(There is an operational problem with this scheme in that the trippers do not always enter service at the times and locations planned on the schedule, and there are not always vehicles and/or operators available to fill all scheduled trips. This has shown up in reviews of vehicle tracking data I have done for the route.)
Service during the remainder of the day is considerably better than it was in 1998, and this is the only streetcar route where that occurs. Weekend service has also improved substantially.
The effect of new residential, work and school populations along the line is quite evident. As redevelopment of the old city spreads north, we can expect similar pressure on other routes.
501 Queen & 508 Lake Shore
Queen is the only route to operate with a dedicated fleet of ALRVs (at least on paper) although CLRVs can often be found in service when ALRVs fail or are not available even to leave the yard. The result of substitutions is that the capacity actually provided is less than what is scheduled.
Peak service on Queen is almost unchanged from 1998, while off-peak service on weekdays has generally improved. Some weekend periods show improvement while others show cutbacks over the years.
Queen is the one route where the replacement ratio of new low-floor cars for old streetcars will be roughly 1:1 with the result that headways will not change, but capacity will increase. However, the current fleet plan calls for the old ALRVs to be retired well before the new LFLRVs replace them, and there is no provision for switching the line to CLRV operation on shorter headways to compensate. TTC management wants to get rid of the ALRVs as quickly as possible, but has not planned for the consequences. I will discuss this later in the article.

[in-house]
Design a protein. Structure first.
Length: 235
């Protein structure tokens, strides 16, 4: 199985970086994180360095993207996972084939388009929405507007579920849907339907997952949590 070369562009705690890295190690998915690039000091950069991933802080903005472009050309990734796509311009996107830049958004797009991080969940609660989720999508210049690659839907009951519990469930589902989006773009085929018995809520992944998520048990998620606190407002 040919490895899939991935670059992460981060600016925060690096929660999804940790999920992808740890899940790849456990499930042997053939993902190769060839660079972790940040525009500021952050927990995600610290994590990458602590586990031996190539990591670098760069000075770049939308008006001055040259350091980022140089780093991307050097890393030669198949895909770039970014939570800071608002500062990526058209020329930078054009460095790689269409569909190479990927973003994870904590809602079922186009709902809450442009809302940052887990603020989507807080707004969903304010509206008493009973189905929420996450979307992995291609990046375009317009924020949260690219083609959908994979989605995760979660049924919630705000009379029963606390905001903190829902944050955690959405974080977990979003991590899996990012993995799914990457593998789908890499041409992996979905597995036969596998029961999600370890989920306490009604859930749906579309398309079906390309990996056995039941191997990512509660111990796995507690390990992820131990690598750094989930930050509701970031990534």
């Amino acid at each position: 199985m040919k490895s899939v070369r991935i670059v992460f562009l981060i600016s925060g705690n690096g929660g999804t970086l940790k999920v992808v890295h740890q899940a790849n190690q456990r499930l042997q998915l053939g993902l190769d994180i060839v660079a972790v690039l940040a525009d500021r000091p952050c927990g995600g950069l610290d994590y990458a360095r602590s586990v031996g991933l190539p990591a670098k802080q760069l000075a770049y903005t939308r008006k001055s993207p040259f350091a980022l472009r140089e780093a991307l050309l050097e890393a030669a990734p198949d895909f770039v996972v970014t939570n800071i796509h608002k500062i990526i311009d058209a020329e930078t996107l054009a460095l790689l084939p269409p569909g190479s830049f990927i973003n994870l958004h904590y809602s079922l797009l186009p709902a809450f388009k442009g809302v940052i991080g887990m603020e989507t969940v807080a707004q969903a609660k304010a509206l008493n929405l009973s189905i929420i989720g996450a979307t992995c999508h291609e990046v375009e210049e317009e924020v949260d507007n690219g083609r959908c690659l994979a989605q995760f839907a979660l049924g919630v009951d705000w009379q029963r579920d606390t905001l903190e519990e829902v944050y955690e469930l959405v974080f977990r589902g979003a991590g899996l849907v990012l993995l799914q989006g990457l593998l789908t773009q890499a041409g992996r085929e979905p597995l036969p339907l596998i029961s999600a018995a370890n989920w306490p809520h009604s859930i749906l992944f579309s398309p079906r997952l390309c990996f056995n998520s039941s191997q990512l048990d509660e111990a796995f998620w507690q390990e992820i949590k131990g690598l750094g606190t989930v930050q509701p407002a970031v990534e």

502 Downtowner & 503 Kingston Road Tripper
Service on Kingston Road from Queen to Victoria Park is provided on weekdays by these two routes, of which the 503 only operates in peak periods. Evenings and weekends, the 22A Coxwell bus operates (as the Kingston Road Coxwell car did until 1966), and there is actually better service on the 22A than there is on the streetcar at midday.
During peak periods, the two routes are scheduled to head into downtown on a blended 6′ headway alternating each route with the 502s going along Queen to McCaul Loop and the 503s going via King to York & Wellington. Outbound service in the PM peak on Kingston Road can be quite spotty because there is no attempt to merge the two services, some cars may be missing, and it is not unusual to see short turns.
A related problem is that some 502 trips short turn westbound at Church and return eastbound from Victoria without ever picking up at the busy stops from Yonge westward. This is a perfect example of operating a route to keep operators on time while denying the customers a reliable service.
The scheduled service for these routes is unchanged from 1998.
512 St. Clair
The St. Clair car in 1998 did not operate on a reserved lane. Service during almost all periods is now more frequent than it once was.
The Spadina car began operating in July 1997 (the original Harbourfront route was merged into it, and track had not yet opened west of Spadina to Bathurst for the 509 car). Service in 2014 is better in almost all periods than it was in 1998, and Spadina boasts very short headways outside of peak periods.
An Alternative Fleet Plan
The fleet plan proposed in mid-2013 by the TTC presumed that new cars would begin to appear on Spadina late that year rather than at the end of August 2014. (See page 33 of the plan for the route by route roll out details.) The plan proposed that most of the ALRV fleet would have been retired before new cars began to operate on Queen.